We can coat the vast majority of tools, but the benefit of coatings can be maximized by the observation of some simple rules.
Coating should be the very last step in tool manufacturing; rework or alteration of coated tools often negates benefits of the coating.
Optimum tool performance can be achieved by observing the following guidelines:
Identify areas to be coated and/or masked. Specify the substrate material and its temperature tolerance (draw or tempering temperature for tool steels).
PVD coating is a vacuum process, and its results critically depend on the observation of basic rules of the relevant technology. Virtual leaks, that is, the release of impurities, trapped air, and humidity from enclosed blind volumes and crevices must be avoided or at least minimized. For this, parts should be completely disassembled before coating, screws, plugs, inserts removed, internal crevices, blind holes exposed. Cleanliness of crevices and coolant ducts is critical.
Items for PVD coating should be received free of shop soil, lapping and cutting compounds, lubricants, coolants, and other chemicals. The use of rust preventives and dry lubricants, which leave a dry, waxy, inert layer on the surface, must be avoided. A 1:16 mixture of machine oil and mineral spirit often yields effective cleaning and rust prevention for days to weeks, depending on the particular environment, temperature, and atmospheric humidity. Alternatively, one can use a water-soluble or light oil based rust inhibitor.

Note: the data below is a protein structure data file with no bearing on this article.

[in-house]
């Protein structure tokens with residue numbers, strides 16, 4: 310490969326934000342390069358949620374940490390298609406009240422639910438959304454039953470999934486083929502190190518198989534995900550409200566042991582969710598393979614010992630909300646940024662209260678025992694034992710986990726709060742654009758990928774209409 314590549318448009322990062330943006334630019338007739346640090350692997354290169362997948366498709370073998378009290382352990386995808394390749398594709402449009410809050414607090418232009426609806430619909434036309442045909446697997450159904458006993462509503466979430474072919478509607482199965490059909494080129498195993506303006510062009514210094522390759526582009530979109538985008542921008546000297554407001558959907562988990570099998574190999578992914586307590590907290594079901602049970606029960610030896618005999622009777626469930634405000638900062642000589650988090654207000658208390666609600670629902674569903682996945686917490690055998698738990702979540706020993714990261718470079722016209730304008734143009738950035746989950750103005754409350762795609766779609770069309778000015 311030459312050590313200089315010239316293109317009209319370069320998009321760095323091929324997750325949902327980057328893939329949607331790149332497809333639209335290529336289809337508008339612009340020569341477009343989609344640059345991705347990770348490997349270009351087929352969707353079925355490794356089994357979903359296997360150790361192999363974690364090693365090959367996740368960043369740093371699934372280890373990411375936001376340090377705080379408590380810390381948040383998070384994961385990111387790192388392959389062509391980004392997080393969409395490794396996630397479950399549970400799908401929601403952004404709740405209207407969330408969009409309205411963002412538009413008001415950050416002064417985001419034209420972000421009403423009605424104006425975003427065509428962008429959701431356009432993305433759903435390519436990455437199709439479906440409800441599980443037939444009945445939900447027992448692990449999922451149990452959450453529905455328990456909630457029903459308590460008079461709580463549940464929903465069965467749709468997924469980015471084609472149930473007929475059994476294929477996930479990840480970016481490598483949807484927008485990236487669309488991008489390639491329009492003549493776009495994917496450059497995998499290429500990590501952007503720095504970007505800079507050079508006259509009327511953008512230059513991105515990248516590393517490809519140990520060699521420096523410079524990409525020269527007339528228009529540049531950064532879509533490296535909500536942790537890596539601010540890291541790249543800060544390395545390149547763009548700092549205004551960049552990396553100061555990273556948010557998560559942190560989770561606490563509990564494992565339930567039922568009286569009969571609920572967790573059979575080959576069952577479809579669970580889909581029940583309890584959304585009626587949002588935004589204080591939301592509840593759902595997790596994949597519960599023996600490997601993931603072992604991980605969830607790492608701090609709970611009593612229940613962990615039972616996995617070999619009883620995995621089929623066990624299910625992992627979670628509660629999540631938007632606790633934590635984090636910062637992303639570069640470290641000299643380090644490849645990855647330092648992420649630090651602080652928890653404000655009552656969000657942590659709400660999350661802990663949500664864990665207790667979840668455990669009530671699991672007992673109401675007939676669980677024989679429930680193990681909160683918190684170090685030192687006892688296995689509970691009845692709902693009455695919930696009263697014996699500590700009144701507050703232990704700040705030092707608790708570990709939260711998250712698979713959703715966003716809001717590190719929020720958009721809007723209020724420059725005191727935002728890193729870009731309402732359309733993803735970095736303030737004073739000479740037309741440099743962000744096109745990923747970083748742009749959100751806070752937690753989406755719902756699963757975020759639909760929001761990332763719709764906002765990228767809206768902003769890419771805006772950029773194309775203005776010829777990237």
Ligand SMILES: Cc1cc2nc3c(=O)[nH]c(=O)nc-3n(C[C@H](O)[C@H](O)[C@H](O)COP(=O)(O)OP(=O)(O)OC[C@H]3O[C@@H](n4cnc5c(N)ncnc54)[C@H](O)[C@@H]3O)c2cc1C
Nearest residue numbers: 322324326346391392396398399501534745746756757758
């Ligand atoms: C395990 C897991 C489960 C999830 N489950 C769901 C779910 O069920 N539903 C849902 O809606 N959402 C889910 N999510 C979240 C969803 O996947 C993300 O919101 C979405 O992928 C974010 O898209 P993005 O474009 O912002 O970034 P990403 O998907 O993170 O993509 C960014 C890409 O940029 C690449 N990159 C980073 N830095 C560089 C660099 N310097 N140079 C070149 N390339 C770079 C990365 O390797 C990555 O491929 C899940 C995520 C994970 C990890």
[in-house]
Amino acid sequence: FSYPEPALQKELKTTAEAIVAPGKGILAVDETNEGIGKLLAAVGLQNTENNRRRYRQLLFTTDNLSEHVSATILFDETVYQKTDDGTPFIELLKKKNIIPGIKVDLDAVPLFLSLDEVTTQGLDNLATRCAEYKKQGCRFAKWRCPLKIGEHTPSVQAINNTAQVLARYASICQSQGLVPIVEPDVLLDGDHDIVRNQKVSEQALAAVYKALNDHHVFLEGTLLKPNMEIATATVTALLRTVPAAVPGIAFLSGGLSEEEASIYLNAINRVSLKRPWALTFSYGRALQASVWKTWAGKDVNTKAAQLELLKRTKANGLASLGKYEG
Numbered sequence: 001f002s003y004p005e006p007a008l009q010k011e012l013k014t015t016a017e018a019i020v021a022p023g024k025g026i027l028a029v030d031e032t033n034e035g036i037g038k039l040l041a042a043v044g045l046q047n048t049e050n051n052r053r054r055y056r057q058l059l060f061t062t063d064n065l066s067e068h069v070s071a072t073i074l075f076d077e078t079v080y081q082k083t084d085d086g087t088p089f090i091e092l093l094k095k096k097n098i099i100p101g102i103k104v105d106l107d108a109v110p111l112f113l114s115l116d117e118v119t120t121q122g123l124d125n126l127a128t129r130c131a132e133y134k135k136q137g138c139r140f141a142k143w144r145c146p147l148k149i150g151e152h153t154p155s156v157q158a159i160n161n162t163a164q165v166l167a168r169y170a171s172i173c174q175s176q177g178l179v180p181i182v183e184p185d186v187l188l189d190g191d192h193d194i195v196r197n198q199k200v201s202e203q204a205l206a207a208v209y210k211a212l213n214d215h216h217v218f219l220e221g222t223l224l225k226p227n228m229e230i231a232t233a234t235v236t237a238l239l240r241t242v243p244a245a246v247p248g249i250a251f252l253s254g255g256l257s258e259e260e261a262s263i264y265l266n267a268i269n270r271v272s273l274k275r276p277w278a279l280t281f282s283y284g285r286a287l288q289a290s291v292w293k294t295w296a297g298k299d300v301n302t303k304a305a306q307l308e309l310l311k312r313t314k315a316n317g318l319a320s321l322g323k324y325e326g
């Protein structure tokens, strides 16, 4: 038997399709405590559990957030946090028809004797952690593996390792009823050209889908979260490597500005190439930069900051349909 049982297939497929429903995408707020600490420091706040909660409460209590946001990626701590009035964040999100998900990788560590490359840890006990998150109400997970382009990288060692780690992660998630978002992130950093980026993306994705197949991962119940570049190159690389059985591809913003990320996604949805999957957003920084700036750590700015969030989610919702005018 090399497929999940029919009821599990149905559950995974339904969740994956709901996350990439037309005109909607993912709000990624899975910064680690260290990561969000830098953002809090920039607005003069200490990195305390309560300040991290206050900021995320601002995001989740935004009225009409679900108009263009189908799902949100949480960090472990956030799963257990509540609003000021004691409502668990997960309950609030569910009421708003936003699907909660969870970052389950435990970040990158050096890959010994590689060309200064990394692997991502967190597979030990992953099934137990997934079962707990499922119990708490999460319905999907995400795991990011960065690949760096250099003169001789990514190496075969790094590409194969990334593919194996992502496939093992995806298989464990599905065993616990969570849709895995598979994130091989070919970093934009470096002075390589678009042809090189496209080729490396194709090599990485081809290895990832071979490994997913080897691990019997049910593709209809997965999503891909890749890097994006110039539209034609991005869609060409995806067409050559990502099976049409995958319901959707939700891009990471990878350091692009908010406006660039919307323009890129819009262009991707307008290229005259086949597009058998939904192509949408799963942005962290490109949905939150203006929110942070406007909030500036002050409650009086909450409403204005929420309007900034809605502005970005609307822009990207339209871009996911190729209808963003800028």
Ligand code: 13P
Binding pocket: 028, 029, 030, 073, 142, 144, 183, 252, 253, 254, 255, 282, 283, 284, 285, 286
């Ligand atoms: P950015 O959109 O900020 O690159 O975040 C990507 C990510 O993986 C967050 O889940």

As a rule, the best surface finish yields the highest performance. Surface roughness, burrs, and nicks on forming and cutting tools can diminish or even negate the benefits of the coating.
Grinding or polishing should not cause the contamination the para-surface region by mechanical alloying. Mechanical alloying is the process of rubbing impurities, such as fine abrasive particles, dust generated during sand or bead blasting or wear debris, into the surfaces. During the mechanical working of a surface, such as polishing or grinding, there is always a dynamic equilibrium between contamination of the para-surface region and the removal of impurities together with the host material by the abrasive action.
This equilibrium can be shifted towards impurity removal by the frequent dressing of grinding wheels and avoiding ‘spark out’. For manual polishing, use and change frequently bonded abrasives, such as a metallographic quality wet-and-dry SiC paper. Start with a coarse grit; proceed in small steps with finer and finer paper to desired finish. Do not rub the surface; apply only a light pressure to cut the surface instead of rubbing, and change the abrasive paper frequently. Use plenty of water, change it and rinse the container and the polished surfaces between steps to eliminate lingering larger abrasive particles which can score an already-polished surface.
Do not use rubberized or resinoid buffing wheels. Try to avoid sandblasting, bead-blasting, or vapor-honing surfaces to be coated.
Use cadmium-free braze for brazed tools and other items; there should be no crevices and pinholes in the joints.
Black-oxided surfaces or those covered with heat-treat scale cannot be coated. Moreover, the presence of black oxides or scales can cause major problems in the coating process even if those surfaces are not critical for coating.